catapult magazine

catapult magazine

Vol 5, Num 19 :: 2006.10.20 — 2006.11.03


Walking the curved path

Four Aprils ago, in the midst of the most emotionally trying months of my life, I sat in a circular wooden shelter tucked away in a wood near Harpers Ferry, Virginia. Just outside the hut was a tall tree, from which radiated a nautilus of small rocks: a labyrinth. I had walked it earlier that day, an experience I found oddly calming. Inside the shelter, when I picked up a notecard resting on a window ledge, I realized why:

O God of many paths, I stand before this labyrinth today, metaphor of my journey to you. In the Western world I have been taught that "the shortest distance between two points is a straight line," and being an impatient person, I am uncomfortable with waiting. I have often modeled my journey to you on the straight line. But you, God of infinite patience, have shown me that there is another path: the curved path.

On this path, my anticipation is heightened as I approach the center, only to be led out again to the periphery. But this path more closely resembles life itself. On this path, if I just put one foot in front of the other, it may seem at times as if I am not approaching my goal, while in fact I am drawing closer all the time.

But you are a God of surprises and mystery, and I don't control the path. The labyrinth is a symbol of my surrender to mystery, trusting, not knowing for certain, that the path which curves in and out again ultimately leads to the Center, which is you.

Jean Sonnenberg, Bon Secours labyrinth, Marriottsville, MD

To my ear, this still sounds a bit corny, a bit high-drama, a bit new-agey. But it rang true at the time, and now, as I face a number of new, unexpected changes and challenges, it makes sense to look at life as a labyrinth.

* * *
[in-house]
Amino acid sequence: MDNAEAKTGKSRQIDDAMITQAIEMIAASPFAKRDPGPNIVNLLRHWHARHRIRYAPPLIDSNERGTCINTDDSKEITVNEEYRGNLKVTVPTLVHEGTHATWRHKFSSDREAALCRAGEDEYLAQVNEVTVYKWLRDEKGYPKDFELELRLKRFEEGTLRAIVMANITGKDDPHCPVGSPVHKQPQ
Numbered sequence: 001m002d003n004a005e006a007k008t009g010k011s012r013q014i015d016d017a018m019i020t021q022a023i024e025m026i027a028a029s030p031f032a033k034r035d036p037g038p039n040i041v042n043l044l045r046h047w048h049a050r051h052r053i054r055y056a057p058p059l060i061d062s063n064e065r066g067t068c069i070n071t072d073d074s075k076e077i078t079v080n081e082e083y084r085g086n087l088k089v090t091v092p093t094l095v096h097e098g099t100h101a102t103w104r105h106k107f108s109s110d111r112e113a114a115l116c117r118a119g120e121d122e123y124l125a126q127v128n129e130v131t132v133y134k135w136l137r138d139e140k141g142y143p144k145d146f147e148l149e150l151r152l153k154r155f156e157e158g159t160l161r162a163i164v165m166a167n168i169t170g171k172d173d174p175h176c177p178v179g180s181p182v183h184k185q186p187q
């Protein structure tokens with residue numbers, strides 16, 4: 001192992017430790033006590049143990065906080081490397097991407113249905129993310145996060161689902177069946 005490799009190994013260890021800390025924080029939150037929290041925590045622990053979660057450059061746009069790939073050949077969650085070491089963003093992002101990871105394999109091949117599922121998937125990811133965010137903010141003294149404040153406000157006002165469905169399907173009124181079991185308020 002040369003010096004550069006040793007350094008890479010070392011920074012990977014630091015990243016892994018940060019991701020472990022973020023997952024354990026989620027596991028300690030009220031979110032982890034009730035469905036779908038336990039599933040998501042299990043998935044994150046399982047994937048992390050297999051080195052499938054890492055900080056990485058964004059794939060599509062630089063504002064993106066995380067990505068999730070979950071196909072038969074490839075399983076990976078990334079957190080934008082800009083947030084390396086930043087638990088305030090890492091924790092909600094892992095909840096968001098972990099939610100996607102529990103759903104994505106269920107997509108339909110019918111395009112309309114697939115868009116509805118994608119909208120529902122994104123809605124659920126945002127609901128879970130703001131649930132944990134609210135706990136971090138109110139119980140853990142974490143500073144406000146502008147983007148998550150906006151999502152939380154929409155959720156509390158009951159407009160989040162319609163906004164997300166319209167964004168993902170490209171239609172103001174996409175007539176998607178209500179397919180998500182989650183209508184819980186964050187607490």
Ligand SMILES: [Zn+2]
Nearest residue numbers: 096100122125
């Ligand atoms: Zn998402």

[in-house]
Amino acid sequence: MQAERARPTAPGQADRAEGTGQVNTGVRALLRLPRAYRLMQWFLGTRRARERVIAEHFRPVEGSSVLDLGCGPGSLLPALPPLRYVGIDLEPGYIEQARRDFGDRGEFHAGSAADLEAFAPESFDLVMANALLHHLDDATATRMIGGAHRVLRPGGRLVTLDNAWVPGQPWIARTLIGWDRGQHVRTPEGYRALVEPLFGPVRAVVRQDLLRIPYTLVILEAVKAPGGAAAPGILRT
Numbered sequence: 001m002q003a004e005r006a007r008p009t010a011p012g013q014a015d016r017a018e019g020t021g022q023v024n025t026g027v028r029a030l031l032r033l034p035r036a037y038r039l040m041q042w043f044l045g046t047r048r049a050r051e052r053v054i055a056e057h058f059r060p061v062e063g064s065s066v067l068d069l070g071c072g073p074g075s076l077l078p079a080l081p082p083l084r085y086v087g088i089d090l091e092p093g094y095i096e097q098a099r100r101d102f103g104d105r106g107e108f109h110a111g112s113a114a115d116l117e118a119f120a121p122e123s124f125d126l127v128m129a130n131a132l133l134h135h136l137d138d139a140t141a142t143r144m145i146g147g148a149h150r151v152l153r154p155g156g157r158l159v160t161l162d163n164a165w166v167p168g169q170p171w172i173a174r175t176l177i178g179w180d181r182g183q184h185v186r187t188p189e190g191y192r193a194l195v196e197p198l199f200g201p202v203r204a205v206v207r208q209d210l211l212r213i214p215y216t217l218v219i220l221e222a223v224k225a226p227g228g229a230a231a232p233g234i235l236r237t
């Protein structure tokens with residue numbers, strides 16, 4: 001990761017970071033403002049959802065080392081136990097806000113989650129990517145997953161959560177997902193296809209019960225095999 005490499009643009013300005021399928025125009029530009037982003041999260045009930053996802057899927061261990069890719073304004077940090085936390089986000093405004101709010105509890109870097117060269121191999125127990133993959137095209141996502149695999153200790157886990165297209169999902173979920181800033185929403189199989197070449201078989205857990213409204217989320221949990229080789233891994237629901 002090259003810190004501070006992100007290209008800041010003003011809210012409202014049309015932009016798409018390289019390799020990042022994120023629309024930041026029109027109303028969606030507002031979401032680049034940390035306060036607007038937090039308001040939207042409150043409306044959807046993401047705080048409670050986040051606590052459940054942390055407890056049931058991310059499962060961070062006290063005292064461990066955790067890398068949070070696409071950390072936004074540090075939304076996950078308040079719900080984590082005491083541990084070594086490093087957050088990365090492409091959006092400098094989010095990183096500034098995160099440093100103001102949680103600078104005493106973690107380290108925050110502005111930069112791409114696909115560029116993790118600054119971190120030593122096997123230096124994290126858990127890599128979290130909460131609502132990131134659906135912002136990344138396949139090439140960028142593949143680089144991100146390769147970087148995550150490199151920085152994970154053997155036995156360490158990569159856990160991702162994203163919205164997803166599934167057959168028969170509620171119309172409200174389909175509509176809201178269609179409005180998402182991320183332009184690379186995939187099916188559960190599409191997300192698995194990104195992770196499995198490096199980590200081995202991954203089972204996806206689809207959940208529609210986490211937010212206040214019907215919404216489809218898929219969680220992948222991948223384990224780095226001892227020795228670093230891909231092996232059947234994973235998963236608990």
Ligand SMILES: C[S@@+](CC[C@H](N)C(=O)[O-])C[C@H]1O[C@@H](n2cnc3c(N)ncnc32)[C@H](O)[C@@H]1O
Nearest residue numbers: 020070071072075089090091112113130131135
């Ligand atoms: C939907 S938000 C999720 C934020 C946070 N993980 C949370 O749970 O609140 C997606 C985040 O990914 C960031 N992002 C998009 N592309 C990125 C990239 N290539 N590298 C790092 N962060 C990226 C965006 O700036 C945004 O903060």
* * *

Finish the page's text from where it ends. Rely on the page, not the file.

If you've ever walked one yourself, you know exactly what Sonnenberg means. As you start on the path, you are only a few horizontal feet from the circle at the center, and it's tempting simply to leap over the rocks that separate you from it. You start walking, and it seems that you'll arrive at the center in no time—easy as pie. But the next thing you know, you're being led farther away than you thought possible, with no conceivable solution in sight.

Staying on the path is a discipline, and surrendering to its course in spite of the evidence, "b[eing] joyful though you have considered all the facts," as Wendell Berry puts it, is nothing but a grace. Together, discipline and grace bring you to the center, which is not a goal to be achieved or a success to be sought after, but a resting place, a home, at the end of a pilgrimage. Walking the curved path, putting one foot in front of the other and trusting in the process, is as much the point of a labyrinth as arriving in the middle. In fact, it may be the point entirely.

Many Christians are fond of the biblical proverb that assures us, “Trust in the Lord with all your heart, and lean not on your own understanding. In all your ways acknowledge him, and he will make your paths straight.” It’s easy to see why this is appealing in a society that encourages getting from point A to point B as quickly as possible. But while that formula may be mathematically correct, it’s not necessarily the best way to find out who you are or what matters. Most people learn more from unforeseen detours than best-laid plans.

In that vein, I prefer a lesser-known saying from Ecclesiastes, a book that suits my disillusioned temperament: “Consider the work of God: Who can make straight what he has made crooked?” The labyrinth asks this question with a worldly-wise smirk. It embraces meandering, complexity, and contemplation. It gives the finger to speed, efficiency, and effectiveness. It tells us to take our time.

No one lives for long without the knowledge that life is seldom, if ever, the tidy and unfettered path seemingly promised by that often-cited proverb. And so why resist the jagged road, the unexpected twists and turns, the uncertainty that comes with not knowing what’s around the next corner? Why allow such things to make you jaded and distrusting of God—the very one who makes crooked and ambiguous that which we’d hoped would be straight and narrow? Why not follow the curved path? As if we have a choice.

Make a wrong turn. Take the long way around. “Be like the fox, who makes more tracks than necessary, some in the wrong direction,” as Berry advises. Put one foot in front of the other, listen to the crackle of the leaves beneath your shoes, and enjoy the scenery.

your comments

comments powered by Disqus